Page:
If you’re looking for diversity, then look no further than San Francisco’s Western Addition. Packed within this neighborhood are numerous cultural pockets and attractions, including the views from Alamo Square to the always-evolving Divisadero Street. Cross the street or turn a corner and you’ll find yourself in entirely new surroundings.
The Western Addition is the city’s first multicultural neighborhood, with the Fillmore being San Francisco’s first African American community and, at one time, home to the city’s Japanese community. This is area that produced such jazz greats as Duke Ellington and Billie Holiday – a jazz scene that continues to reverberate today.
Where it’s At
Your best bet for visiting this diverse area is to focus on the Fillmore and Divisadero Street.
What to See
Alamo Square Park has the title of one of the city’s most photographed spots. No wonder considering the breathtaking views of the downtown and the Painted Ladies – the famous row of Victorian houses. In the Fillmore area, be sure to check out the Farmers’ Market for a wide selection of fresh produce, breads and local goods. On Fridays during the late summer, you can enjoy a live concert or movie under the stars as part of the Fillmore Fridays Outdoor Music and Cinema Series. And in July the streets fill with the world-famous Fillmore Street Jazz Festival. In Japantown, the spring Cherry Blossom Festival includes a parade, martial arts exhibition, music and crafts.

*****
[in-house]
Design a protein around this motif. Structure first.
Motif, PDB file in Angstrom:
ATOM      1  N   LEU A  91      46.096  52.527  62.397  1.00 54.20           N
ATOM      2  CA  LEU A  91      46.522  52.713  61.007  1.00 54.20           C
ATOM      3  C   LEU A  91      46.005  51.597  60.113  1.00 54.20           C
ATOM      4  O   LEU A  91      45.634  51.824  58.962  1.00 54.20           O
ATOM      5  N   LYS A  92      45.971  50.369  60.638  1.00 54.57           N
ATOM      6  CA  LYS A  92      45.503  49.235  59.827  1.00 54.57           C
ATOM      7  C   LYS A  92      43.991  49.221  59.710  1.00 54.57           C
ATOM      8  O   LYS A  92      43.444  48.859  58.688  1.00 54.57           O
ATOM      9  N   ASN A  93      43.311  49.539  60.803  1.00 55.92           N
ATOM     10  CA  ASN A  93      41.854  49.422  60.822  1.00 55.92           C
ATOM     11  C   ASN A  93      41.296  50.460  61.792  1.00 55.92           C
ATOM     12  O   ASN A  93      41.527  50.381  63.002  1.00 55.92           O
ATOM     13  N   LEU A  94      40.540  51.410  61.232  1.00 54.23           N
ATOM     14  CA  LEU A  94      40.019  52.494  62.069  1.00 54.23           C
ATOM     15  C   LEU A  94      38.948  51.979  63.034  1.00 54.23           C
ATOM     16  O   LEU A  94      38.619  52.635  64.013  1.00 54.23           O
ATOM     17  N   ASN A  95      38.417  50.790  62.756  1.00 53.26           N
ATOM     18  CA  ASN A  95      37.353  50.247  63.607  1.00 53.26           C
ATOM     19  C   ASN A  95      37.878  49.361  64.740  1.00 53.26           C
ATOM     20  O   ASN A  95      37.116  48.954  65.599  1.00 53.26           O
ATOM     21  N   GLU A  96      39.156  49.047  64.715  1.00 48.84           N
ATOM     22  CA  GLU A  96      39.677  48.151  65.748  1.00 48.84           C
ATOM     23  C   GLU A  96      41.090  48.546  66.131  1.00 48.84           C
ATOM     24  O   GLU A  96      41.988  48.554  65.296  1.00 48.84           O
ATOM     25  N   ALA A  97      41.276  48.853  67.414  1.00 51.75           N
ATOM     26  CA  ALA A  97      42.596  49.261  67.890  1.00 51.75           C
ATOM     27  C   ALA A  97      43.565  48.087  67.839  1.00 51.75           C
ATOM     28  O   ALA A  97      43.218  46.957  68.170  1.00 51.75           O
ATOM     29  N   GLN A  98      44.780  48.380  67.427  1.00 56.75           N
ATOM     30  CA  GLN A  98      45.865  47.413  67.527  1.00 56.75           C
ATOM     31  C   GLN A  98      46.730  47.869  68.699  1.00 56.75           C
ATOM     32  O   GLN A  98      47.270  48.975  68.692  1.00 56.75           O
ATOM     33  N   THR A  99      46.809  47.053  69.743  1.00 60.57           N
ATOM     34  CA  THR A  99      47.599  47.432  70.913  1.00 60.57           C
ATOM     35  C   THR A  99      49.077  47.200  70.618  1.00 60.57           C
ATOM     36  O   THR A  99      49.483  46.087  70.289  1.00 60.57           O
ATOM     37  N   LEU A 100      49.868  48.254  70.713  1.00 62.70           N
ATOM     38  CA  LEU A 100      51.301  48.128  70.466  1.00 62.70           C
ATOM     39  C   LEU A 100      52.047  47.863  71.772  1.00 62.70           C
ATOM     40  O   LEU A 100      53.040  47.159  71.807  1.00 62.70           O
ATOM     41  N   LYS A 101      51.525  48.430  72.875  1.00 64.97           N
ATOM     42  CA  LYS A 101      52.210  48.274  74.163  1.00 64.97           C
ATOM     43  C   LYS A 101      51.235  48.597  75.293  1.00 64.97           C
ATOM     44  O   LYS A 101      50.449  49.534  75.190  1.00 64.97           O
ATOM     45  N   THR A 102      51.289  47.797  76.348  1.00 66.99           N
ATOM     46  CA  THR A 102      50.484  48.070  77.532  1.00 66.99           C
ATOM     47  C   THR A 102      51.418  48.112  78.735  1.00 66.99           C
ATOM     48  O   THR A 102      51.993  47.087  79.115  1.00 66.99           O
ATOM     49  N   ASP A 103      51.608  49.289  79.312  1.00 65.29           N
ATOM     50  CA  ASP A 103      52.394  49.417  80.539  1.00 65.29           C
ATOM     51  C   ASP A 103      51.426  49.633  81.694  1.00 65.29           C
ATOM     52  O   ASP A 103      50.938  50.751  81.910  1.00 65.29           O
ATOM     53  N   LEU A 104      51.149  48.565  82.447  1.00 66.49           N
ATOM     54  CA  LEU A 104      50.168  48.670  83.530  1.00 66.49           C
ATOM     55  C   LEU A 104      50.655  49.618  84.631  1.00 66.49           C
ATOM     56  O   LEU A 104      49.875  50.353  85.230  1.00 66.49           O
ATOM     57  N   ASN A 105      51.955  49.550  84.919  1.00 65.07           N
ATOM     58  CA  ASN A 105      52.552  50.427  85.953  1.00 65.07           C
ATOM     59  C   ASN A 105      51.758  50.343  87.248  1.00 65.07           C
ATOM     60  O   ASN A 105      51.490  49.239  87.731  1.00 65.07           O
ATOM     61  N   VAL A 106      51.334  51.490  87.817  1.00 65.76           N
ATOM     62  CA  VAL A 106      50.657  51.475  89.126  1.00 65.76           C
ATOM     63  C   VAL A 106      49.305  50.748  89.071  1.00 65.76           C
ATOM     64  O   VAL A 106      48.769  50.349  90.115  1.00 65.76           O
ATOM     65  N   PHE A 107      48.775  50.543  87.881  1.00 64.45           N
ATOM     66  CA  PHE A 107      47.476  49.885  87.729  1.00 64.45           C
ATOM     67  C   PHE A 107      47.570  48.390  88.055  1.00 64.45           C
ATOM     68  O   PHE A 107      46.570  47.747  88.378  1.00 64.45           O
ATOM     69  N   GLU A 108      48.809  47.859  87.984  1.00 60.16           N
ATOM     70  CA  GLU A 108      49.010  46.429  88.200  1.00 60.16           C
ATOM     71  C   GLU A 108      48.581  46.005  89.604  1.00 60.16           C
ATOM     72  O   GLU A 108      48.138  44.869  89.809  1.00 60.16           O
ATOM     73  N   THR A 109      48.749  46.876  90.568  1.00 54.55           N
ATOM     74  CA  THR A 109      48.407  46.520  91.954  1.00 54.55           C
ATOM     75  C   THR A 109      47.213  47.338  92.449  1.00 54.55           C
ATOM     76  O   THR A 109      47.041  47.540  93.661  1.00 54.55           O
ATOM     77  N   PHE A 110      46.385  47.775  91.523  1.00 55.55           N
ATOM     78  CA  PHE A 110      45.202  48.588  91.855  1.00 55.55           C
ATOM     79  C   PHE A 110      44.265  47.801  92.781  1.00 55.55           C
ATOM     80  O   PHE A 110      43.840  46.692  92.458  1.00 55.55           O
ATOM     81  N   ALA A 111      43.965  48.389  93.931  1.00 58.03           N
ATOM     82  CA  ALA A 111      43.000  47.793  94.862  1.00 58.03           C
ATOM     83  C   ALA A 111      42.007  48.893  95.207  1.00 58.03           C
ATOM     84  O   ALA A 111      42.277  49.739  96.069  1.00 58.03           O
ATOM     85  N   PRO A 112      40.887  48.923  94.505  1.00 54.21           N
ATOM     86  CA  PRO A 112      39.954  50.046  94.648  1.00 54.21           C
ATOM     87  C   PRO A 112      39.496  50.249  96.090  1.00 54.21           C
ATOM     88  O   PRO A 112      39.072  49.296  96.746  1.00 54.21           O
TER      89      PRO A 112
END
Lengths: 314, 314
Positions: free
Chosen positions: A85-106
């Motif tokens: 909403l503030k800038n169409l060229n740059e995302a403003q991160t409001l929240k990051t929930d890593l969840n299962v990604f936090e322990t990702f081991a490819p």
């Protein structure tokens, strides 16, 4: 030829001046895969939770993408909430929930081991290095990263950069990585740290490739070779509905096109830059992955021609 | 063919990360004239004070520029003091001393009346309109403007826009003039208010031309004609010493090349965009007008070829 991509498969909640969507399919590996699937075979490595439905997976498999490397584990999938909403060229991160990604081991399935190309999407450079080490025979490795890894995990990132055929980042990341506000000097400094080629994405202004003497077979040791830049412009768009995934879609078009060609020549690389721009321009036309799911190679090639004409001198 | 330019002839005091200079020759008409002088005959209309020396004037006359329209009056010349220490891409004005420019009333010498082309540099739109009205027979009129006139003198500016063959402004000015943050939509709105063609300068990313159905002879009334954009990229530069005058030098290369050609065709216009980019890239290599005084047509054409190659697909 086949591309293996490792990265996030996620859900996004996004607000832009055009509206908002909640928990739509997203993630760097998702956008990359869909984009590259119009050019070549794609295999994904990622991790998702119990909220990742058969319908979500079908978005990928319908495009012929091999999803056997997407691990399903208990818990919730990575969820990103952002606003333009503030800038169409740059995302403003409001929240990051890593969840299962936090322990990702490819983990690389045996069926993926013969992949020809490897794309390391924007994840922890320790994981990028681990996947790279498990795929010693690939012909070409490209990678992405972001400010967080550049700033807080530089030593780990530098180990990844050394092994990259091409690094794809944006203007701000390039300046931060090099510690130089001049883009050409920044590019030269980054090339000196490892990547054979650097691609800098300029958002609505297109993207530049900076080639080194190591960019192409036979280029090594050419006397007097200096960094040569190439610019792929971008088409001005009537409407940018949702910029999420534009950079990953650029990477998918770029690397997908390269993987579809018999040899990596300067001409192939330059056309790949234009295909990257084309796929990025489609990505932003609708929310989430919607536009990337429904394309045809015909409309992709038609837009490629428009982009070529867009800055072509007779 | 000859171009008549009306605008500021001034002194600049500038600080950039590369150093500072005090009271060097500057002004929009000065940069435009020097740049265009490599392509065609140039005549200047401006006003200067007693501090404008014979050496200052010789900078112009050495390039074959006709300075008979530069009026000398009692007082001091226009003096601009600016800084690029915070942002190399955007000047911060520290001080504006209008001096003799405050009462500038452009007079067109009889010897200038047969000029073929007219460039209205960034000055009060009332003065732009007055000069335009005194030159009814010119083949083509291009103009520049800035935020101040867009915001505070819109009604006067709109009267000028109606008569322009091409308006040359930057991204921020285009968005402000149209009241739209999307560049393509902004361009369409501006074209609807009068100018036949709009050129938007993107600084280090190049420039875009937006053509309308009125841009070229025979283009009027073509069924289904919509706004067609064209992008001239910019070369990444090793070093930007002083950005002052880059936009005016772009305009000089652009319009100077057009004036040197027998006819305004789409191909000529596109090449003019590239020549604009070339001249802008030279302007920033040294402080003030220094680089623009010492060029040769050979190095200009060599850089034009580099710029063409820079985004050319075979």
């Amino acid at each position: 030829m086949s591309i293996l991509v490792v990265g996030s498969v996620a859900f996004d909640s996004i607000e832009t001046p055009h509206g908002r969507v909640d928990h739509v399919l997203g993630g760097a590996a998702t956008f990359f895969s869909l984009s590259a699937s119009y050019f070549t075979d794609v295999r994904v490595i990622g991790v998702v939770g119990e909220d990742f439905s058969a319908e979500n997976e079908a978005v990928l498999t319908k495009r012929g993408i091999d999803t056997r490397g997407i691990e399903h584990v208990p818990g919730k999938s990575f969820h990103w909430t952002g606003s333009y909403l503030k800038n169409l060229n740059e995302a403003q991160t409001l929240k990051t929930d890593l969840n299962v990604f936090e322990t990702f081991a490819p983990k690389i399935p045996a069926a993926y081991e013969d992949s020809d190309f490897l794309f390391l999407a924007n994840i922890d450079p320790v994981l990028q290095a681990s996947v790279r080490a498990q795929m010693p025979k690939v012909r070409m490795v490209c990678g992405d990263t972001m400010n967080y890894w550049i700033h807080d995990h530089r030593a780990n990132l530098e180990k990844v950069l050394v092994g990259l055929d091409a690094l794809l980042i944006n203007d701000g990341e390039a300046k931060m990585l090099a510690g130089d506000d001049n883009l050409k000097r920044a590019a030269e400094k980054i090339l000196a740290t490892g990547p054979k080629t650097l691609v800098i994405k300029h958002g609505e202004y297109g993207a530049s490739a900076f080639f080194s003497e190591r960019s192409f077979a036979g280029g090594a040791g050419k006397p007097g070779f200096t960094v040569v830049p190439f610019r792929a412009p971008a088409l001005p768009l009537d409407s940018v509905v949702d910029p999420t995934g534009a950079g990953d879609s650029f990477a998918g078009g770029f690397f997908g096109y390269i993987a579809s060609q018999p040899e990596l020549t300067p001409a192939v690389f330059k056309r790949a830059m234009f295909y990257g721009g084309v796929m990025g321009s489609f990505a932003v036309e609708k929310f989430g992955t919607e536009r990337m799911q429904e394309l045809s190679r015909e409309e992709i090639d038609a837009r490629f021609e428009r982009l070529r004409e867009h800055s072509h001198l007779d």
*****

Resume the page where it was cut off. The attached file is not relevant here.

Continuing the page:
Where to Eat
Alamo Square Seafood Grill is an excellent choice for mix-and-match seafood caught and served fresh every day (803 Fillmore St). For some soul food, the Blue Jay Café offers comfort food classics in a subdued setting that also serves as an art gallery. The Southern route includes such staples as sweet tea, pork chops and fried chicken. Sunday brunch is also a big draw (919 Divisadero St.).
For Japanese, the hard to find Iroha features an assortment of hot and cold noodles and one bowl dishes. Although it may not look like anything fancy, its food has been bringing locals in for over 20 years (1728 Buchanan St).